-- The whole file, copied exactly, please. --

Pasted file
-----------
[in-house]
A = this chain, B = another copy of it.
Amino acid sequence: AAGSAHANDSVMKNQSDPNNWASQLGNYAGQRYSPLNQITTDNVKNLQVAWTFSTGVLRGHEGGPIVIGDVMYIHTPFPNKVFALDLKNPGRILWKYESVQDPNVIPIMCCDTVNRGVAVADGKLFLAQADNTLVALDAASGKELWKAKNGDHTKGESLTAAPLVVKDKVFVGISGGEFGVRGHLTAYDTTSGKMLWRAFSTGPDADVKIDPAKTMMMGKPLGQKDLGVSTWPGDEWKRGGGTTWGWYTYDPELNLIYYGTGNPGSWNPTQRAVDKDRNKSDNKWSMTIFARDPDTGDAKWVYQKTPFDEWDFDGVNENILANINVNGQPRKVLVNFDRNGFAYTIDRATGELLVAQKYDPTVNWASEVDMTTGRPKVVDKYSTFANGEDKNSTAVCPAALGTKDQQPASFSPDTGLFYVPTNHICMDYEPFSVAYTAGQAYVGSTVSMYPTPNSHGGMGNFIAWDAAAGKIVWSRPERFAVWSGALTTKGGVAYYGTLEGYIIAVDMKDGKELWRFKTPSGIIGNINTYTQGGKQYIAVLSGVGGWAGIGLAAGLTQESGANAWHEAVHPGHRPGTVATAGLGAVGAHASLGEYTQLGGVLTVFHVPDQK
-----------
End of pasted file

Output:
[in-house]
A = this chain, B = another copy of it.
Amino acid sequence: AAGSAHANDSVMKNQSDPNNWASQLGNYAGQRYSPLNQITTDNVKNLQVAWTFSTGVLRGHEGGPIVIGDVMYIHTPFPNKVFALDLKNPGRILWKYESVQDPNVIPIMCCDTVNRGVAVADGKLFLAQADNTLVALDAASGKELWKAKNGDHTKGESLTAAPLVVKDKVFVGISGGEFGVRGHLTAYDTTSGKMLWRAFSTGPDADVKIDPAKTMMMGKPLGQKDLGVSTWPGDEWKRGGGTTWGWYTYDPELNLIYYGTGNPGSWNPTQRAVDKDRNKSDNKWSMTIFARDPDTGDAKWVYQKTPFDEWDFDGVNENILANINVNGQPRKVLVNFDRNGFAYTIDRATGELLVAQKYDPTVNWASEVDMTTGRPKVVDKYSTFANGEDKNSTAVCPAALGTKDQQPASFSPDTGLFYVPTNHICMDYEPFSVAYTAGQAYVGSTVSMYPTPNSHGGMGNFIAWDAAAGKIVWSRPERFAVWSGALTTKGGVAYYGTLEGYIIAVDMKDGKELWRFKTPSGIIGNINTYTQGGKQYIAVLSGVGGWAGIGLAAGLTQESGANAWHEAVHPGHRPGTVATAGLGAVGAHASLGEYTQLGGVLTVFHVPDQK